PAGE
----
“Let me tell you about the worst fucking office party of all time,” starts Hayley Terris, a producer based in Los Angeles. For months, they’d been hearing the hype. Emails from the East Coast headquarters were flooding in about the party’s guaranteed epicness, management kept dropping hints about everyone making damn sure to get a taxi or Uber. “I’m thinking they’re going to rent out Knott’s Scary Farm or Universal Studios."
But cracks in the facade soon began to appear.
The week before, the company made it clear they wouldn’t be paying for parking. Quickly, the signals subtly shifted from “optional” to “obligatory,” that instead of a late-night rager, this would take place in the middle of the work day. Also, hourly contracted employees like Terris wouldn’t be getting paid. “I’m working 70 hours a week, exhausted, and now I have to take off the middle of the day to attend this party?” she says. “And I’m not going to get paid for it?”
But at least it’d be epic?
“We walk in, and there’s a guy DJing from a computer playing Maroon 5, and a little platform that was three-feet by three-feet for dancing,” Terris says. “And you can’t get drunk and bitch about this, because there’s big corporate people here! I want to get drunk, but I can’t. I want to leave, but I can’t. I was trapped.”
Sometimes "party" is just another word for job creep
“Work parties” are ostensibly social events that takes place with those you work with, either outside of the office or outside of normal business hours, for which you are not being paid to attend, because it’s optional at attend. Except it's not really optional because of the office politics that bubble to the surface whenever the lines between “work” and “not work” get blurred.
They're the social version of job creep, but at least there’s usually free food and booze? If cheap wine, drug store cheese, and crackers aren't enough to placate you, you might wonder how to respectfully get out of these events. Or, if you even can without risking getting fired.
To answer the latter question, it’s important to know if the specific work event is “mandatory” or “optional.” Generally speaking, if it’s not the latter, then it’s the former, meaning that the party should be treated as simply an extension of work hours. If you’re a salaried employee, that means you both have to go and also won’t get paid anything extra. But if you’re an hourly employee, you can’t be forced to attend without compensation.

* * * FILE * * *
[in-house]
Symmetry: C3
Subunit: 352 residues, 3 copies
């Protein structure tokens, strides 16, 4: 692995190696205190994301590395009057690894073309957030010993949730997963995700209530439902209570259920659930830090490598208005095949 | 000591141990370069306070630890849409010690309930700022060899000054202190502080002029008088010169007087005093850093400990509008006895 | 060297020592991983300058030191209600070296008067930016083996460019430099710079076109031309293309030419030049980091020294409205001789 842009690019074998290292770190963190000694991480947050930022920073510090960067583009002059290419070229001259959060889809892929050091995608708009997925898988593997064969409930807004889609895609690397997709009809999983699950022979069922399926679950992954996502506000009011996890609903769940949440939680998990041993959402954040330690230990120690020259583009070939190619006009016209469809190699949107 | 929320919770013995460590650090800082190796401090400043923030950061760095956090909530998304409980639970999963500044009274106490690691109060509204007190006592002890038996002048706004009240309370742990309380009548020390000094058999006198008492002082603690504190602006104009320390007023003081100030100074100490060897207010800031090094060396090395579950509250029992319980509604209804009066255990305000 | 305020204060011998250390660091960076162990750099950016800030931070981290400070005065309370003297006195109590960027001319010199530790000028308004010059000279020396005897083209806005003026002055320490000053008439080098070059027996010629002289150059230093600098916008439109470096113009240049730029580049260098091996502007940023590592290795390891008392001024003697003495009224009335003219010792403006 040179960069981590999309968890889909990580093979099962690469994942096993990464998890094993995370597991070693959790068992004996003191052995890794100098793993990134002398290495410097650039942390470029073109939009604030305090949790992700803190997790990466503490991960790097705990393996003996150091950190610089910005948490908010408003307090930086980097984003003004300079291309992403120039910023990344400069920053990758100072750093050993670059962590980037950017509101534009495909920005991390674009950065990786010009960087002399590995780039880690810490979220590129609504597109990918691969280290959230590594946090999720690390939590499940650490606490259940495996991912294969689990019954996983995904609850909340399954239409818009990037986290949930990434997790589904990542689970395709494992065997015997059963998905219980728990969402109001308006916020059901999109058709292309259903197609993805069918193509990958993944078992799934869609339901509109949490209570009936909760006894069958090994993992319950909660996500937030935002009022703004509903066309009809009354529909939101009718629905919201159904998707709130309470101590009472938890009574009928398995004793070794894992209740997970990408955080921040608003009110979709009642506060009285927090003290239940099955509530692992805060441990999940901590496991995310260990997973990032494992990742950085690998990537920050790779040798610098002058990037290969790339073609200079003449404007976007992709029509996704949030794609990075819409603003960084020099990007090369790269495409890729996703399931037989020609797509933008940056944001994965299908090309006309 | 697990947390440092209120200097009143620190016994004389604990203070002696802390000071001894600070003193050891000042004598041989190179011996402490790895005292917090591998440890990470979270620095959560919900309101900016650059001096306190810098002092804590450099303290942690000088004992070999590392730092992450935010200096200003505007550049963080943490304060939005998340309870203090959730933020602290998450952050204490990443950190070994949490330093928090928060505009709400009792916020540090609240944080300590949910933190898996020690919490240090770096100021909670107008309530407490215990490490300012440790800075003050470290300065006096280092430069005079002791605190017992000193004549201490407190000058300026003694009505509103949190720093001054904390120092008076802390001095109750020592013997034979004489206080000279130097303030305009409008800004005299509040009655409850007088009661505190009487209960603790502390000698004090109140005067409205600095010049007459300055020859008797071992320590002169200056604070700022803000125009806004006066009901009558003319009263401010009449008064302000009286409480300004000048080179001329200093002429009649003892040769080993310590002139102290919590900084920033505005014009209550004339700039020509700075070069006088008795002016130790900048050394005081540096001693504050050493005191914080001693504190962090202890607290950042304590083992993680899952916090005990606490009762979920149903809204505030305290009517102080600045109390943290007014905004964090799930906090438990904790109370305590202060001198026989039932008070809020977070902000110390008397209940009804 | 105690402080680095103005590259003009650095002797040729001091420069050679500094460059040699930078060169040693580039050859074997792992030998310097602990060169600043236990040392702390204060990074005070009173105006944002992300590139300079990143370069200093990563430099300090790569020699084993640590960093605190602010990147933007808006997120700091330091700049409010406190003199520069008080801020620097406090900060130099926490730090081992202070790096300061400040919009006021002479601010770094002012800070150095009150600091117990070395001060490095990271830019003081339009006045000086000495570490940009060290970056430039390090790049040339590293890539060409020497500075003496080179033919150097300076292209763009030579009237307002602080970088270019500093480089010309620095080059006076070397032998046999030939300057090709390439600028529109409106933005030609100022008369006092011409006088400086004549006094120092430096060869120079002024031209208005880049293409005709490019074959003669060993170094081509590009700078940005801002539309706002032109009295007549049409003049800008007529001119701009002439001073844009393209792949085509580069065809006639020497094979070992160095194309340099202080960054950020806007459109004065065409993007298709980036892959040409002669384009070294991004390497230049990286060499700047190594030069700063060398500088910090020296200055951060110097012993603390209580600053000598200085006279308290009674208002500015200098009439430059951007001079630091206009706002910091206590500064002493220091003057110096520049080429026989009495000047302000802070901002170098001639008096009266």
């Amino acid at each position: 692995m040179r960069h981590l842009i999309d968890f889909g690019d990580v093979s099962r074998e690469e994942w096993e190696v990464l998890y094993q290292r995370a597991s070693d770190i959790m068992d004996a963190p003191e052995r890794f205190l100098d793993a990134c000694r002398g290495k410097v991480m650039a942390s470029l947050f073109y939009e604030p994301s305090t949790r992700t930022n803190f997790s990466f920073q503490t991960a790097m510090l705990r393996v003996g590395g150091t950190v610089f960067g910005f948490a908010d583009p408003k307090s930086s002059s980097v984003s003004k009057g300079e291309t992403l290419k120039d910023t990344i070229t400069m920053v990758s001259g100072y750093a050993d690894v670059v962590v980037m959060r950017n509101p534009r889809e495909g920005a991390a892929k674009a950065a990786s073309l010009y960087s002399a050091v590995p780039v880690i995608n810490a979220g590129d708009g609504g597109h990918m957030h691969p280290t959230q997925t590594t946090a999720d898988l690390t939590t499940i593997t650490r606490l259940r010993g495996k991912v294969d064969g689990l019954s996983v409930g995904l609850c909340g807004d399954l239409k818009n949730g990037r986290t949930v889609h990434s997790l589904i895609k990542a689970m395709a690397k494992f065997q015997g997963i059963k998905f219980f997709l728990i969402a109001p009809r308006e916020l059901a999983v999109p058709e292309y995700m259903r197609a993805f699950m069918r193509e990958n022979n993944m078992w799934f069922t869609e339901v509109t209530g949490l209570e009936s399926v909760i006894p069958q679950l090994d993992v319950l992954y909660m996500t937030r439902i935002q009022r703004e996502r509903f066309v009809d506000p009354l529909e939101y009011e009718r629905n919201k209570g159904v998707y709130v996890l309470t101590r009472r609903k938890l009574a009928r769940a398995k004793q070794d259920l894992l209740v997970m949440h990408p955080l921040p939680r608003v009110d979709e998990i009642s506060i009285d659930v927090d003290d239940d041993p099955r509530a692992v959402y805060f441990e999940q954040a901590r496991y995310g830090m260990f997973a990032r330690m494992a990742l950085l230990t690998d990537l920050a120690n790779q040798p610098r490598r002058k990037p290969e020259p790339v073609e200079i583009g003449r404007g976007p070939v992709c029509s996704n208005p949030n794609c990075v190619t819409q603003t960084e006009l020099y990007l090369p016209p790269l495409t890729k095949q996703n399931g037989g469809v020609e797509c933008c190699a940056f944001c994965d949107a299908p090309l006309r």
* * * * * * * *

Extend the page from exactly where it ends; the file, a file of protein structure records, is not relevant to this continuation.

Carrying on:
Do you really have to show up?
It’s hard to say whether or not any specific worker should attend their work party, as the variables for industry, personality, and any party itself are too varied to allow for broad advice. Do you like your co-worker? Maybe feel free to attend their birthday. Do you hate the owner? You still might want to go to their kickass pad for a private show by Cardi B while you ruminate how to get out of working for them.
Alison Green, author of the forthcoming book Ask A Manager: Clueless Colleagues, Lunch-Stealing Bosses, and the Rest of Your Life at Work, has tackled the murky weirdness of work parties for years over at her website, Ask A Manager. Green’s advice to the many who don’t want to attend? “Show up for an hour, put in an appearance, walk past your boss a couple of times so they see you’re there, then go home,” she says, before offering a tip for how to justify leaving early. “If you have kids, they’re a good excuse.”
For constantly recurring work events, like team-building happy hours or monthly office birthday parties, Green says there’s more leeway to get out of them. “Sometimes the way to do it is to come up with outside of work commitments that happen to interfere with the events,” she says. “Maybe now you have a book club that night?”
Figure out what's in it for you
While there’s value in receiving free food and booze at work parties, they’re not exactly free. Theoretically, there’s an amount of money that has been spent, however minimal, and that workers could be getting instead. But beyond that, the unpaid, after-hours work party is providing a benefit to the owner by essentially getting free labor: Put people together with nothing in common other than work, and see how long it takes for them to start talking about work.
In fact, Green’s long-held advice for anyone considering attending a work party is to treat them as business functions, not social ones. In other words: A work party is always work.
“It can be really dangerous, because the setting and the alcohol makes you think the rules are different,” Green says. “But it’s still a work event. Even if it’s a fun work event, it’s still a work event, so the rules of what to avoid are still very much in effect.”
What rules? No talking about your sex lives, probably don’t get too into political or religious debates, and watch that gossip. “The whole point of alcohol is to lower your inhibitions, and that could have a lot of consequences for you when you’re back at work,” she says.
But even without the booze, an office party is a rare blurring of the lines between the employer and employee classes. And while it may feel like everyone’s on the same level when the ties are undone and everyone is lounging around outside of the cubicle confines, only one class can fire the other.
Yet still, from the worker’s perspective, if they don’t mess up, parties can offer opportunities to show that they care enough to attend—an action that can only help their standing with the company. It sucks but schmoozing over booze is a tried-and-true way to get people in positions of power to pay you more.
Whether you’re a full-time employee looking to advance in the company, or a gig economy worker fighting for more gigs, the value you receive from the party are the deeper connections made, not the indigestion from the stale cheese and boxed wine.